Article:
As the soon-to-be Social Media manager of a growing entertainment blog, I’ve had to do a lot of thinking on how websites like Facebook, Tumblr, and Instagram can be used to build an audience. This is a plight I think many content creators (authors, companies, YouTubers) have to think about when they decide to use Social Media as a marketing device.
As Chris Syme writes in his article, you have to separate strategy from tactic.
“The truth is, success is not about finding the right channel,” Syme writes, “it’s about defining strategy first, and then plugging in the right channels to reach your goals. Facebook is not a strategy. It’s a tactic.” [x]
This was something I hadn’t considered until reading his article. HyPursuit–the blog I write for–just informed me they had planned to use Facebook for the Social Media outlet. While this is a smart tactic (they have over 14,000 likes on their Facebook page as opposed to 7,000 followers on Twitter) it isn’t much of a strategy.
After reading Syme’s article, I’m now starting to think more into the “why” using Facebook is the right option to market the HyPursuit brand. As in, “why do I want to maintain a presence on Facebook?” (Chris Syme).
It’s something I would really encourage anyone who wants to start using Social Media in this way to start doing because understanding Strategy VS. Tactic could be the deciding factor in how fast your audience grows.
For more information on this I highly recommend reading Chris Syme’s article.
It was just reported by The Washington Post that National Geographic Magazine will become a For-profit entity in the midst of a new contract with 21-Century Fox. I assume everyone in the class knows who and what National Geographic is so I won’t waste words with a biography. Essentially, the new partnership includes the cable channel and various other media outlets owned through The National Geographic Society. The new partnership is going to be called The National Geographic Partners.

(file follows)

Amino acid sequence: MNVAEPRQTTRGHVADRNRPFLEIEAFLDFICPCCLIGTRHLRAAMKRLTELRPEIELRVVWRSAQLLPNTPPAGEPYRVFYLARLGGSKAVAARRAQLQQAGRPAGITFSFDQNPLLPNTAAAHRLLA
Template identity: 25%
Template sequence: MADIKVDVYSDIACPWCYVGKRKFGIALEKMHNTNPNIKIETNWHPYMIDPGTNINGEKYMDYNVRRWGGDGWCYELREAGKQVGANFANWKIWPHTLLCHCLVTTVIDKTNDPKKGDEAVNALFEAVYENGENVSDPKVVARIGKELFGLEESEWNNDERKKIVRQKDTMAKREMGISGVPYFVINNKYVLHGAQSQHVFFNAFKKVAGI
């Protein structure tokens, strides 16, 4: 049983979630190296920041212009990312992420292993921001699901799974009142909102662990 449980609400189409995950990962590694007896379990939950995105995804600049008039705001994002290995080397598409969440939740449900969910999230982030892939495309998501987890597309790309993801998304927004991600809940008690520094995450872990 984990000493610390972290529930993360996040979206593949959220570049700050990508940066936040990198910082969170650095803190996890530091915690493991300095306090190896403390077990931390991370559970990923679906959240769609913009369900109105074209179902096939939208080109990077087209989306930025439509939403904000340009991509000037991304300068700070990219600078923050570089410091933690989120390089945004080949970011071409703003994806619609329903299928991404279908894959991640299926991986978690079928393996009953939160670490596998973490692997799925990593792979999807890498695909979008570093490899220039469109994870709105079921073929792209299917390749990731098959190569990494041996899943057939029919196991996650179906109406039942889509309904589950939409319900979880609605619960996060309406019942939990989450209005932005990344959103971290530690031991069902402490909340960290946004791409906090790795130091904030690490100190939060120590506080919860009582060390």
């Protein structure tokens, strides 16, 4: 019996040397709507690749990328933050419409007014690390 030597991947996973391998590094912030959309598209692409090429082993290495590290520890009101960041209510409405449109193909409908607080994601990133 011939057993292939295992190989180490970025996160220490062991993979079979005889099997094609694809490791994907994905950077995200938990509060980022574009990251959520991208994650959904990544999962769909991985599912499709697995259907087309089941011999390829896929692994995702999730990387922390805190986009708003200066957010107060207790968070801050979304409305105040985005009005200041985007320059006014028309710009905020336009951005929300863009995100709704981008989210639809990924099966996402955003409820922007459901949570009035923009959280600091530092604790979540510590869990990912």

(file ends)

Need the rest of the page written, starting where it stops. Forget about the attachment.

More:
Based on the article The National Geographic Society will remain a non-profit. The society is the part of National Geographic. I also think it’s very important to note that National Geographic (referred to as “NatGeo” from here on) has had a contract with Fox since the creation of the cable channel–as stated in the Washington Post article.
I felt this topic was very relevant to what we discussed in class in regards to how mission-driven presses may differ from profit-driven presses and thought it could start a good discussion.
This is what I found when I looked up NatGeo’s mission statement (imagine it’s in a proper block quote):
“National Geographic is a global nonprofit membership organization driven by a passionate belief in the power of science, exploration and storytelling to change the world. Working to inspire, illuminate and teach, National Geographic reaches more than 700 million people a month through its media platforms, products, events and experiences… The Society’s commitment to integrity, accuracy and excellence has positioned “National Geographic” as a benchmark brand and a leader in publishing, photography, cartography, television, research and education.” [x]
Do you guys think the official shift to for-profit is going to have any affect in the content the press is going to produce? Personally, I don’t think this shift will make that big of a difference. The Society is going to be governed by a separate board and the magazine has been mission-driven for over 100 years. I don’t really see why they would change that just because they’re looking to make a profit. If anything, I think it might benefit the magazine–not that there was anything wrong with it before–because it everything owned by NatGeo will be brought under one name and could make everything they do more cohesive in regards to their mission-statement.
I will post more updates as I find them.